By Phil Grimaldi, senior efficacy and research scientist at Khan Academy.
Teachers are busy trying to keep up with the ever-growing number of educational tech tools that promise to simplify their lives. It can be quite challenging for them to determine which tools actually deliver on their promises.
Khan Academy has dozens of research studies showing that our free, world-class platform drives learning outcomes. But how can teachers use Khan Academy in the most efficacious way? We wanted to take away the daunting task of figuring out how to best use Khan Academy with your class. Our recent research study found three ways for you to use Khan Academy to boost your students’ learning. Ready to try these Khan Academy teaching strategies? Let’s go!
1. Embrace Course Mastery Goals (CMGs)
Teachers can use Khan Academy in three different ways: use our Assignment feature to assign specific videos and exercises to students, use our Course Mastery Goal (CMG) feature (e.g., have students complete 80% of the course), or use a combo of assignments and course mastery goals. Course mastery goals are a unique feature of Khan Academy, allowing teachers the ability to ensure their students are reaching mastery on all the skills in a course.
In general, teachers who set CMGs saw their students level up more skills and perform better on an external assessment compared to teachers who exclusively relied on the assignment feature or didn’t use either of the features. Most importantly, CMGs required significantly less time investment from teachers as compared to other ways of using Khan Academy in the classroom. So, teachers should make CMGs an integral part of their teaching strategy for better academic performance with less time.
2. Use Supplemental Assignments Sparingly
While using CMGs alone can be very effective, supplemental assignments can also provide benefits. Among the teachers who used both CMG and Assignments in their classrooms, two things stood out to us.
First, in many cases, especially when teachers assigned a lot of things, very few students completed those assignments. Second, teachers often assigned the same things that students were already supposed to do per the CMG. This practice did not improve student outcomes and was likely a confusing experience for everyone involved. However, when teachers used assignments sparingly—and in conjunction with CMGs—they saw higher completion rates and better outcomes.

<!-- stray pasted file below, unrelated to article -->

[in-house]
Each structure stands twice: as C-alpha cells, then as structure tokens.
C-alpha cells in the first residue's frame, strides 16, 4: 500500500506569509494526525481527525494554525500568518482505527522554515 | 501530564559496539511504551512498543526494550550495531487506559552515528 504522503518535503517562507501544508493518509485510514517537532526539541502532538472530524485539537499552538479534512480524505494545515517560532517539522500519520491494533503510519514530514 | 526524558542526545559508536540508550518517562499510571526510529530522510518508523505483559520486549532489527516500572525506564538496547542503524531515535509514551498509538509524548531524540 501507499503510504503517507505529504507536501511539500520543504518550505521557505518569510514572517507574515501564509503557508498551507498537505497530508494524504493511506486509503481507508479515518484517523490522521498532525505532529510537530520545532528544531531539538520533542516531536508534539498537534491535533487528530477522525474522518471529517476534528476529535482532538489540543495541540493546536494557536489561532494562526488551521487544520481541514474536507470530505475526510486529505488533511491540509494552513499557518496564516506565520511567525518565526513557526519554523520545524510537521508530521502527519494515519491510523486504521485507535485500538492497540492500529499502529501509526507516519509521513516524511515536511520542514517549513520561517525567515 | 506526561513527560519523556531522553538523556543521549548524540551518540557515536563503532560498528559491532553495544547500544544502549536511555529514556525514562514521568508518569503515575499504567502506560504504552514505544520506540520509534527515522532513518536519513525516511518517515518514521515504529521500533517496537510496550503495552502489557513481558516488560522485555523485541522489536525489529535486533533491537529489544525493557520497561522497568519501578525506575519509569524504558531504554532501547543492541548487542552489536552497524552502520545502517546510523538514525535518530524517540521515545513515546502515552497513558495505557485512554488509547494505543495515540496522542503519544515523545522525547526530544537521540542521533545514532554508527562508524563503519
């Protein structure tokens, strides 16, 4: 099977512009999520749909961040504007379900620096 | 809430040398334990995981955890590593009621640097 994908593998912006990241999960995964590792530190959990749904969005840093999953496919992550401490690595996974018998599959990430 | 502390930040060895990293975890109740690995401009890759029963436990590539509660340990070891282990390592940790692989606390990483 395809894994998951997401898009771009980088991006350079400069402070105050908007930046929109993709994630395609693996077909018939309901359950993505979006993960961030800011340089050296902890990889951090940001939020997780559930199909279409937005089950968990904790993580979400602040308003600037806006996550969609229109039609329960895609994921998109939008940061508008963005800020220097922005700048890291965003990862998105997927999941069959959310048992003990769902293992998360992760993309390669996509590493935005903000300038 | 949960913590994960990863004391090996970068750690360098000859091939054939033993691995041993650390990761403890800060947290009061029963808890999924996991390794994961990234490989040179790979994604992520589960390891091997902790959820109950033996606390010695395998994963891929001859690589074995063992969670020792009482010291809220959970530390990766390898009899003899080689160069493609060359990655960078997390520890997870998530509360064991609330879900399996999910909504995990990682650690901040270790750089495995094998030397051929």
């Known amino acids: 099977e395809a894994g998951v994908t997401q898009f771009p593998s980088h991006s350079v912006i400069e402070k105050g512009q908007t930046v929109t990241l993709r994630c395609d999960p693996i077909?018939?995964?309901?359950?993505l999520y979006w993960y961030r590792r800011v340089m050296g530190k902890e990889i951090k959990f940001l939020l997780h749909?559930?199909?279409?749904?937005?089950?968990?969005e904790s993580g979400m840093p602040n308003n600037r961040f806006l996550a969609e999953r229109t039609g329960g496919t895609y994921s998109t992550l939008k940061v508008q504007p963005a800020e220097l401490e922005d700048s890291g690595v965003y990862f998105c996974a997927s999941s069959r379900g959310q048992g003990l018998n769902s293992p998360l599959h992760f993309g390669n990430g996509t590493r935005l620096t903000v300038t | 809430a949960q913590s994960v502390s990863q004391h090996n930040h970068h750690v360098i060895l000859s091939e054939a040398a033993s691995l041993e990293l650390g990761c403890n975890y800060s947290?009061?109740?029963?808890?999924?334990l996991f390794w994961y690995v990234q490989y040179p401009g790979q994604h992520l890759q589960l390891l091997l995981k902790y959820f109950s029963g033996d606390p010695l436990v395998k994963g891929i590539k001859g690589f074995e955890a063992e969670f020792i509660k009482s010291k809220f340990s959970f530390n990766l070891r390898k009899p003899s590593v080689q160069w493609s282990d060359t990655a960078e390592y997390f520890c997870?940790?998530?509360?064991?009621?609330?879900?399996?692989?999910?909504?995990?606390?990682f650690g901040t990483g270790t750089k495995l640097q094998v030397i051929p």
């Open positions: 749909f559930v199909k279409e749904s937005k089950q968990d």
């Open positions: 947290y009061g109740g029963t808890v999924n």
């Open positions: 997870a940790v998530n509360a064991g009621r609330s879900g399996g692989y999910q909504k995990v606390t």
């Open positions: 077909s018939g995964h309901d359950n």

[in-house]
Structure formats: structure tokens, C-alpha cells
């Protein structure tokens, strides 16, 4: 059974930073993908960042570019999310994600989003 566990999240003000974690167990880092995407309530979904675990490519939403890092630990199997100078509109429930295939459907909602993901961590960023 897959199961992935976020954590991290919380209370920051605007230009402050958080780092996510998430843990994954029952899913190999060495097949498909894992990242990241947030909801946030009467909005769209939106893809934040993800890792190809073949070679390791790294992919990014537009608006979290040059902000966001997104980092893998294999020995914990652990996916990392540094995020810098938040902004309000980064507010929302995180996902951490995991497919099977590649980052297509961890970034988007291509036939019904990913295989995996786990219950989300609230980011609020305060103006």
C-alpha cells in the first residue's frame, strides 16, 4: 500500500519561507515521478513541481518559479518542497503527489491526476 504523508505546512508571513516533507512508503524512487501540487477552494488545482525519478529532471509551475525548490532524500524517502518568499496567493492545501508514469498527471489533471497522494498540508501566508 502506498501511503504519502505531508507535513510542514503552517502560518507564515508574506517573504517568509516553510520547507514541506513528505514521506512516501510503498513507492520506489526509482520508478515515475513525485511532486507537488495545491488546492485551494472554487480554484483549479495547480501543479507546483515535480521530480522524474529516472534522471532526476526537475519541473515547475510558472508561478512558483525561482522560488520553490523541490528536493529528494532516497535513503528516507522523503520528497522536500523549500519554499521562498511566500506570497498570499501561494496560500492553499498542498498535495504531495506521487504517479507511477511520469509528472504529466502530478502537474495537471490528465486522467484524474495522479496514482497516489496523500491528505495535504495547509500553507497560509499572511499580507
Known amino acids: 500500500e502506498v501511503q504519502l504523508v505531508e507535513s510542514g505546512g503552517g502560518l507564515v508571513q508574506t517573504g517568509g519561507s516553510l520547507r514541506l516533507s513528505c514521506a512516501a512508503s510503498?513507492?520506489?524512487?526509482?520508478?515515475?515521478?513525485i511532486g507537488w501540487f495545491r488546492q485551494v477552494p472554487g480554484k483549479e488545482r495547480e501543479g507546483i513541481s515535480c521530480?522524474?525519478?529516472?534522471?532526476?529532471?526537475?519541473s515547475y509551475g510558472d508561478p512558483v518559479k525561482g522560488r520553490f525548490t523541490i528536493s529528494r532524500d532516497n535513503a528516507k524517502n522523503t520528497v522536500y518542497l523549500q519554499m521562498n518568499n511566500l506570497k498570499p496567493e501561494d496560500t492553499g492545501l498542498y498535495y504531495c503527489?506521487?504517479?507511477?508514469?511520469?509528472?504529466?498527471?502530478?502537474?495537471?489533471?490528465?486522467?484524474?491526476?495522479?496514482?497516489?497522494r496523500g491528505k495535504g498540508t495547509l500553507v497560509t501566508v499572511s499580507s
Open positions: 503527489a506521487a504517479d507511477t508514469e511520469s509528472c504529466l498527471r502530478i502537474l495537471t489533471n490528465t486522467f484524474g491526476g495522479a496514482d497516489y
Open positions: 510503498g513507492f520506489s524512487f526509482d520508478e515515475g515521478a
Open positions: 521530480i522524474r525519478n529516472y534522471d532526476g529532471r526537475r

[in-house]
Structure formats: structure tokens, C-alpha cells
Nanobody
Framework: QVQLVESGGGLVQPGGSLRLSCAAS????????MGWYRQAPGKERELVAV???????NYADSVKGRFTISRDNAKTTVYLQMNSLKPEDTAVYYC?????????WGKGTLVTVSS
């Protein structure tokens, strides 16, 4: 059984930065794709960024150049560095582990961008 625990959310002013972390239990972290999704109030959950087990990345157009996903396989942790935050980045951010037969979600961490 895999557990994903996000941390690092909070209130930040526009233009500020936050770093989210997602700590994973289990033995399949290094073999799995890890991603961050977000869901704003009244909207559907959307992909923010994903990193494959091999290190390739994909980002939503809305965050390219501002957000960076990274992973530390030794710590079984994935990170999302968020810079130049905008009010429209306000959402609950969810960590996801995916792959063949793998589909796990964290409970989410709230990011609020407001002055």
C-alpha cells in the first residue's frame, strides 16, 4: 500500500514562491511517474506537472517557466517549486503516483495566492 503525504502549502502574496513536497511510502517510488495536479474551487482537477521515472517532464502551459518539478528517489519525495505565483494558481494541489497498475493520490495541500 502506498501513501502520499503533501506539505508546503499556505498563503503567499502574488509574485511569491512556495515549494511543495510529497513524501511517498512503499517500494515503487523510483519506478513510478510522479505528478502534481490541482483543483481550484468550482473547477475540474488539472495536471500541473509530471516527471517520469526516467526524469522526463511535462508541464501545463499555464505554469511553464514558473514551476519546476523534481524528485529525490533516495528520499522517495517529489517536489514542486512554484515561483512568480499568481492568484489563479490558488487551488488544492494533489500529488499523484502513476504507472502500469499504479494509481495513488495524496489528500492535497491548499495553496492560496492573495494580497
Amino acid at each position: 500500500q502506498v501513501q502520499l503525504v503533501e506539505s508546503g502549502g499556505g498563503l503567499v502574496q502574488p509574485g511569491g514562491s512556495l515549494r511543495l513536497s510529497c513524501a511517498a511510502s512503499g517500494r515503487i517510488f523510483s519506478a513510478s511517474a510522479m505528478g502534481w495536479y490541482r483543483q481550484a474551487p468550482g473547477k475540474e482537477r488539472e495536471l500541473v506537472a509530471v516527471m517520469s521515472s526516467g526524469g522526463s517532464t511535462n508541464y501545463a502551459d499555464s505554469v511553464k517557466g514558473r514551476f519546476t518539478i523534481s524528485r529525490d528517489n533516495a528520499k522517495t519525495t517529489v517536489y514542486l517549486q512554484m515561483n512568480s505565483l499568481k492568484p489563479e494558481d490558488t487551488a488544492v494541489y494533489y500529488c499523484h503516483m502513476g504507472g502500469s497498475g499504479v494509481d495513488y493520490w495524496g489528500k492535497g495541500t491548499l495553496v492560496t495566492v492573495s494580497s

So, teachers should use supplemental assignments to address content and needs not covered by the CMGs. For example, a teacher who sets a CMG for our 5th-grade math course could create supplemental assignments from the 4th-grade course to target specific learning gaps. Similarly, supplemental assignments from the 6th grade could be assigned to advanced students. Both of these examples would be more effective than creating additional 5th-grade assignments already covered by the CMG. Course mastery goals guide the students through the grade-level content with little teacher involvement, while supplemental assignments are useful for filling knowledge gaps and pushing strong students even further.
3. Maintain Consistency
Consistency is a key determinant of student success on Khan Academy. Teachers who maintained a regular usage pattern saw better outcomes both on-platform (e.g., skills level-ups) and on an external assessment (i.e., MAP Growth). This doesn’t necessarily mean daily use. Instead, establish a recurring weekly usage pattern and aim to minimize gap weeks for an effective learning routine.
In essence, Khan Academy elevates the learning experience in classrooms. Teachers who prioritize Course Mastery Goals, use supplemental assignments judiciously, and maintain consistent platform usage can set up their students for success. Teachers can start with these three research-backed Khan Academy teaching strategies today and watch their students excel